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Why do some people use a singular noun when they start a phrase with "one of your . . . "?


They might continue by saying "[one of your] best/worst/favorite/least-favorite/best-loved/most-hated" or something similar. Do you have a grammar theory?

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calculus-geometry profile image86

TR Smith (calculus-geometry) says

4 years ago
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Alan Robert Lancaster (alancaster149) says

4 years ago
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Sid Kemp (SidKemp) says

4 years ago
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    Aficionada 4 years ago

    This may take too much space (sorry). I do not mean the verb is singular. I mean that some people now incorrectly say (to play off your example), "I bought one of your Amazon book," rather than "books" Why? I admit this is not a great example.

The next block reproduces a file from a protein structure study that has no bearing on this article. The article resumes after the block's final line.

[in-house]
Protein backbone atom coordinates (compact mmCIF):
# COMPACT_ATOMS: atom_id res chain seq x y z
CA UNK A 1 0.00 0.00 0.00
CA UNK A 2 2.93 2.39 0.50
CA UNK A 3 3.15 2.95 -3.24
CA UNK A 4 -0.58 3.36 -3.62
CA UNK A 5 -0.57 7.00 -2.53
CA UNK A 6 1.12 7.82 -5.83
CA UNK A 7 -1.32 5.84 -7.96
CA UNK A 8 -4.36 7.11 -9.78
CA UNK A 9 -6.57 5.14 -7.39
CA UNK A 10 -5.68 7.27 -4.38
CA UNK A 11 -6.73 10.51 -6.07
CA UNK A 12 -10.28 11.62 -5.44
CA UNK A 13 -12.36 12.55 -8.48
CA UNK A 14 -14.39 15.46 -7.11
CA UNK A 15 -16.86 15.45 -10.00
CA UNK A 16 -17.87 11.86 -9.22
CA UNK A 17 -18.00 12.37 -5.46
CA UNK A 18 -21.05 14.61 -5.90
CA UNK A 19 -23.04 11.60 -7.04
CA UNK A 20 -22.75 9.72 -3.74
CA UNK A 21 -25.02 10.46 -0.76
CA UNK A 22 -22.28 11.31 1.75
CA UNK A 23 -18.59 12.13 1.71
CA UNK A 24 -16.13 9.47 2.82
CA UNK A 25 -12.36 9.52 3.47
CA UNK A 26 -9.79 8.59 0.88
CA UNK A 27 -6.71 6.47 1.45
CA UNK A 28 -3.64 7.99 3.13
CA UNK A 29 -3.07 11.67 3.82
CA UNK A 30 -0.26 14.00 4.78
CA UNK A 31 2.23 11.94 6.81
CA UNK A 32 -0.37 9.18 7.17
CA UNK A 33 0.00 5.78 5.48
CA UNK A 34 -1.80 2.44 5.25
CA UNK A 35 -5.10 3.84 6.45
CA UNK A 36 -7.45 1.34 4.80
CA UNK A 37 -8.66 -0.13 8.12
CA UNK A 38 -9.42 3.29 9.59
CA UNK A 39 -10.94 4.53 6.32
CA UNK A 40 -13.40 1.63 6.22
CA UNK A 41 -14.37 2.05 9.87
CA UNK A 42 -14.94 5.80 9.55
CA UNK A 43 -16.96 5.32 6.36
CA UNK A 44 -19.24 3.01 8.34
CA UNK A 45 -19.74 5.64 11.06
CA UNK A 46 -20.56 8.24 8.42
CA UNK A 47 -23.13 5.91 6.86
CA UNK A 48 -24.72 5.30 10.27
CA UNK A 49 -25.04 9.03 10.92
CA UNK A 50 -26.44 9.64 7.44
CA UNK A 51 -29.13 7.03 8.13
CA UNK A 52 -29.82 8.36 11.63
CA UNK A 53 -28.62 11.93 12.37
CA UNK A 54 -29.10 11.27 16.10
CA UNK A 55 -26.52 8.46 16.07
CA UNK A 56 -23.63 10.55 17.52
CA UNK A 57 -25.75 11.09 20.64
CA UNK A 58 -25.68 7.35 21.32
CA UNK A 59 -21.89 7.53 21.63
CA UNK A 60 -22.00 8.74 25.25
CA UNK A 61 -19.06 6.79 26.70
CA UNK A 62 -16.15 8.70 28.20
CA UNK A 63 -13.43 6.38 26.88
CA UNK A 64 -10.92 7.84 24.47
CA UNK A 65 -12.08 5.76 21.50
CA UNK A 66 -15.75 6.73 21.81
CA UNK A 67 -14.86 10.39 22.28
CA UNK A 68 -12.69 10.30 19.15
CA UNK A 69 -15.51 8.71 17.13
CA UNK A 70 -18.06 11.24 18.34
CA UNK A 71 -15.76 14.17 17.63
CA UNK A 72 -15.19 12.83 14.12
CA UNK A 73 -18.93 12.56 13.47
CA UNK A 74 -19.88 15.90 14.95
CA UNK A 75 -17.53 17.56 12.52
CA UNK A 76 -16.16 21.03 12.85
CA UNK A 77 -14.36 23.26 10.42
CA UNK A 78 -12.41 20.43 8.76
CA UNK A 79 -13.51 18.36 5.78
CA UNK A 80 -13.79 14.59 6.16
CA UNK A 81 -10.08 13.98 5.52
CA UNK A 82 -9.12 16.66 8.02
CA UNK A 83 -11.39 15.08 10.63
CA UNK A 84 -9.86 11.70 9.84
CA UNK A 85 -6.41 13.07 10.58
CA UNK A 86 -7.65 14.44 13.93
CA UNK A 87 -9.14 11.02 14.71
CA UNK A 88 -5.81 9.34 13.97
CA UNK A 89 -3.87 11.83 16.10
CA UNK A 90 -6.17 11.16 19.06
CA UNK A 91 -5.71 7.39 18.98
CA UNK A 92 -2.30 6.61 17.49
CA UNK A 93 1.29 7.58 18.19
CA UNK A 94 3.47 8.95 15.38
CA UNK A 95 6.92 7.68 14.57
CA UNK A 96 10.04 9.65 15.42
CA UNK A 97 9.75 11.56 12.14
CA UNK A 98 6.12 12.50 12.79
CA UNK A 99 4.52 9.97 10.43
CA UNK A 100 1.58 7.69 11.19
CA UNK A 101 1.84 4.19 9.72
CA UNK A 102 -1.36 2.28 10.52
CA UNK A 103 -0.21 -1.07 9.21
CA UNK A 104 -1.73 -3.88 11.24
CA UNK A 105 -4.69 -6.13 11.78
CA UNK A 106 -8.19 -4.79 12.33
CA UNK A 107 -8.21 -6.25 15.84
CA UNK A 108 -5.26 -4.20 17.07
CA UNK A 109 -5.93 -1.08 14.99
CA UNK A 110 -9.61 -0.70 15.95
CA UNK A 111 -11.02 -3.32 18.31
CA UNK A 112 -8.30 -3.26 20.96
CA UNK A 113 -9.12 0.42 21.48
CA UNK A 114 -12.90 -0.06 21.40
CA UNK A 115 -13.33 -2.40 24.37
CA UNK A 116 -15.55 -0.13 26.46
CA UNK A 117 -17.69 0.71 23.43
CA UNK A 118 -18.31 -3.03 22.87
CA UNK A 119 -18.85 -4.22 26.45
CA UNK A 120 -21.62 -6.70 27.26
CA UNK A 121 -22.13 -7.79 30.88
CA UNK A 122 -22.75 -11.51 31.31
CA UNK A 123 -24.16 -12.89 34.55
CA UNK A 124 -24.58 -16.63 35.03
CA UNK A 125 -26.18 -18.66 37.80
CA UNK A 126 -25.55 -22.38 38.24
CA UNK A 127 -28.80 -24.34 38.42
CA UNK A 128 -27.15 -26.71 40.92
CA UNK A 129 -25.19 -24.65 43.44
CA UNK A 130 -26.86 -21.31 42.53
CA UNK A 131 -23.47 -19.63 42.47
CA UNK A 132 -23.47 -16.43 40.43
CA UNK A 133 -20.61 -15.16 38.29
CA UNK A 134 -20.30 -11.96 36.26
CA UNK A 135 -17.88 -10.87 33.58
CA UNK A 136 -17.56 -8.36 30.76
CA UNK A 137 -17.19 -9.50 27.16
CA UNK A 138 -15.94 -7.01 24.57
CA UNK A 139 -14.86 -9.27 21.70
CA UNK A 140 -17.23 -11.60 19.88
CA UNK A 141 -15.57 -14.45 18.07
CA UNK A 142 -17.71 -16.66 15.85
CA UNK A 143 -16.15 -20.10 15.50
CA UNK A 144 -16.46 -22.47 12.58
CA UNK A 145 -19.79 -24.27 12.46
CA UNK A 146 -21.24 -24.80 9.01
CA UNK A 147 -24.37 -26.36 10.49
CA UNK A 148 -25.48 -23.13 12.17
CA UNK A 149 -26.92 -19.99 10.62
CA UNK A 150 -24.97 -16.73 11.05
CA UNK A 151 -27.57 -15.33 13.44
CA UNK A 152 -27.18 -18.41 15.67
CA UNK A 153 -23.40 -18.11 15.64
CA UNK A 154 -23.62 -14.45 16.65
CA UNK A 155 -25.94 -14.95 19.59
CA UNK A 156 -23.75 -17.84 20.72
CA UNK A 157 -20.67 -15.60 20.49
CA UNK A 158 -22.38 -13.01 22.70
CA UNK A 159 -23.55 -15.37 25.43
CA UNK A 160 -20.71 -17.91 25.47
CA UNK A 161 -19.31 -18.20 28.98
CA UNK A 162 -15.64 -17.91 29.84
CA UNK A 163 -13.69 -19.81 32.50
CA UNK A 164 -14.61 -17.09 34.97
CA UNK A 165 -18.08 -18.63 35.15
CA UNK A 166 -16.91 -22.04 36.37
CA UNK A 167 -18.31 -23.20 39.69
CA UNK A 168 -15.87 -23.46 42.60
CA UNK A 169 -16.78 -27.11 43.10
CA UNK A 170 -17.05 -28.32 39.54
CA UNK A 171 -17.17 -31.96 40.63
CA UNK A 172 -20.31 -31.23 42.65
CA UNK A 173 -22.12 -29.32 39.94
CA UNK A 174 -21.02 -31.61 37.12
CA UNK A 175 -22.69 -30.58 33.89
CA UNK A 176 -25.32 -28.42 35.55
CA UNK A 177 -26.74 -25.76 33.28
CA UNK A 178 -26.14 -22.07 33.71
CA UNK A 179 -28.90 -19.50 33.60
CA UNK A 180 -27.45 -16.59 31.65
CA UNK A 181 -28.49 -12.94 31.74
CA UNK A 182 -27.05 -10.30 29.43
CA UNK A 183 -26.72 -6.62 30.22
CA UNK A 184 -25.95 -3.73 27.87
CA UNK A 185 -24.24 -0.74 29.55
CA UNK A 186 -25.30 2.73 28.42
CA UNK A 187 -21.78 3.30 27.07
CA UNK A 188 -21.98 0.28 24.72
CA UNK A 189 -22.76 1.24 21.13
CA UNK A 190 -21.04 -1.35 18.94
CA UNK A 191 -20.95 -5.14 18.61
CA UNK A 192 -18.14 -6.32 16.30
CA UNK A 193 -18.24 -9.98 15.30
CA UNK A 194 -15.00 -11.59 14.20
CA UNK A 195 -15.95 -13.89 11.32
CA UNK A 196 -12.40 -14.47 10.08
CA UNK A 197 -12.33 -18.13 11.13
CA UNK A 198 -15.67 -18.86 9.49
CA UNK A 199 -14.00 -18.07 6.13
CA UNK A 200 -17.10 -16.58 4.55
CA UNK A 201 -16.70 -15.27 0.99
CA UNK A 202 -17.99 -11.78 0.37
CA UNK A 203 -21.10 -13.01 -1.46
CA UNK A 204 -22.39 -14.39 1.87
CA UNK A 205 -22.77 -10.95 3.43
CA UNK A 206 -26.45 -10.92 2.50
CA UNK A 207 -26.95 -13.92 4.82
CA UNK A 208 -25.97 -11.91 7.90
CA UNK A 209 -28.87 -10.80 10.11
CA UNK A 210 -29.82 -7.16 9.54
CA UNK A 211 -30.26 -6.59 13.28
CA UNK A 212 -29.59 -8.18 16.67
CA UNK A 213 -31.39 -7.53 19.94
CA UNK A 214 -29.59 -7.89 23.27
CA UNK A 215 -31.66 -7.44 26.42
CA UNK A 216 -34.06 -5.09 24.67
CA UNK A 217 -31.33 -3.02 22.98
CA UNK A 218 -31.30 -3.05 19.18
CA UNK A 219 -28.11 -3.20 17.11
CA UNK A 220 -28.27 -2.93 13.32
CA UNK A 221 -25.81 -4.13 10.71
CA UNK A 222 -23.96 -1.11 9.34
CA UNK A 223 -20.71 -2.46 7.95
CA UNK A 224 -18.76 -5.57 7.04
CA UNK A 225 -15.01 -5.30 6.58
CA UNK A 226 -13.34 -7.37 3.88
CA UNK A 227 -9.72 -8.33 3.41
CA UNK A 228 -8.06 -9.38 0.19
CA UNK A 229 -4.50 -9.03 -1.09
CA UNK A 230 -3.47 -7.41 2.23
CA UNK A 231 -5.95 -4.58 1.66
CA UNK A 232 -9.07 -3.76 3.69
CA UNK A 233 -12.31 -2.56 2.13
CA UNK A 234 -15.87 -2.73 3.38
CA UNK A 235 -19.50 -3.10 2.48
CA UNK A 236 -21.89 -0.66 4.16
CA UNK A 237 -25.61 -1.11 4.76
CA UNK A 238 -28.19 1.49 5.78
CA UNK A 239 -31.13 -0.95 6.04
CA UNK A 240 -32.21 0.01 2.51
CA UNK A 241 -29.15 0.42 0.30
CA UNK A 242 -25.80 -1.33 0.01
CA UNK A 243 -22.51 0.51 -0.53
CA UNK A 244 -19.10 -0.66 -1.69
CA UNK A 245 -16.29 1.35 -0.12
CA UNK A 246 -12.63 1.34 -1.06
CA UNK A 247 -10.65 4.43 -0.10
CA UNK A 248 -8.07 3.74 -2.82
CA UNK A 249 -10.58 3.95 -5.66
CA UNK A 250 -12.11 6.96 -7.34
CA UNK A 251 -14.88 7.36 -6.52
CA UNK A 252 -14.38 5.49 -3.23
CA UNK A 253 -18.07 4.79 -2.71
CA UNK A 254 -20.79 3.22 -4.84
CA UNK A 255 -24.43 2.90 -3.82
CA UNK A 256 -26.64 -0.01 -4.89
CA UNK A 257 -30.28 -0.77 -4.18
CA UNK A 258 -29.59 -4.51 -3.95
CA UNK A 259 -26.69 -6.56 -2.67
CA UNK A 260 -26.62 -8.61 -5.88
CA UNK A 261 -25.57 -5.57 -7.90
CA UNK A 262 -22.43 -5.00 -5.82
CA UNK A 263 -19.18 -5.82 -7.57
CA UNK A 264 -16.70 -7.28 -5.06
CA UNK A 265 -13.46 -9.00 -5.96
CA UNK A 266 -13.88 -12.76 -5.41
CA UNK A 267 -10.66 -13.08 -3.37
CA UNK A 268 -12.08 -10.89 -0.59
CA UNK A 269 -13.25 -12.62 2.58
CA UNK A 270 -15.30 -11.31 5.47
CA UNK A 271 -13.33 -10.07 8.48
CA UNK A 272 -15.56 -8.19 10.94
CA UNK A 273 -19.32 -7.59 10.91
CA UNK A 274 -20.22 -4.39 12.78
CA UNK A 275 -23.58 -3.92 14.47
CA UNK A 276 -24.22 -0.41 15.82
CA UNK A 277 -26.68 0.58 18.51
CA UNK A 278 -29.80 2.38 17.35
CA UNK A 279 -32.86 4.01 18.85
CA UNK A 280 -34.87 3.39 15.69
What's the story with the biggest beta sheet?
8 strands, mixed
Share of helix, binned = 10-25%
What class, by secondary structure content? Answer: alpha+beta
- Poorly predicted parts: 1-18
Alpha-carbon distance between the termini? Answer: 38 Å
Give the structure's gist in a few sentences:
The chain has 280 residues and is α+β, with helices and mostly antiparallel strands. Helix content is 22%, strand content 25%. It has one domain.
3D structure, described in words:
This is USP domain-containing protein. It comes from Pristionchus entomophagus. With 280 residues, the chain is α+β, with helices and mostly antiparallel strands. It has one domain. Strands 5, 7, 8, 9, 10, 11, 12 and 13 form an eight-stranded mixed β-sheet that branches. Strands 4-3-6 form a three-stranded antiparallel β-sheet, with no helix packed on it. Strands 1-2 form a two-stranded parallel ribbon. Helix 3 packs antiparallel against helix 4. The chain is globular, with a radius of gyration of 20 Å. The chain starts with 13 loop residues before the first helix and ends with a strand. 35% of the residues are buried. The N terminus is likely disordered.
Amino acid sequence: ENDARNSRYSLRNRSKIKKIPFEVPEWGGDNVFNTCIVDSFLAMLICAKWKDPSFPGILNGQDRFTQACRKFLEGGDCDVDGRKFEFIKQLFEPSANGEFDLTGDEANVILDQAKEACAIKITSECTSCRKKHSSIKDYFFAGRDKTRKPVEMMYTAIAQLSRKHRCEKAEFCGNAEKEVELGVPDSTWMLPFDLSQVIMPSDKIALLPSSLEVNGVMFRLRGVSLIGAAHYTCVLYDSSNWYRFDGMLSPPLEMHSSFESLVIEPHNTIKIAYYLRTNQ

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ME Whelan (WordCrafter09) says

4 years ago
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MrMaranatha says

4 years ago
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    Aficionada 4 years ago

    Yes, MrMaranatha, you have described well the reason why a singular noun is incorrect in that situation. Yet I do hear people use one incorrectly, and I even see it in writing, as I did here on HP just before posting the Q. I'm curious to know why?


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G. Diane Nelson Trotter (dianetrotter) says

4 years ago
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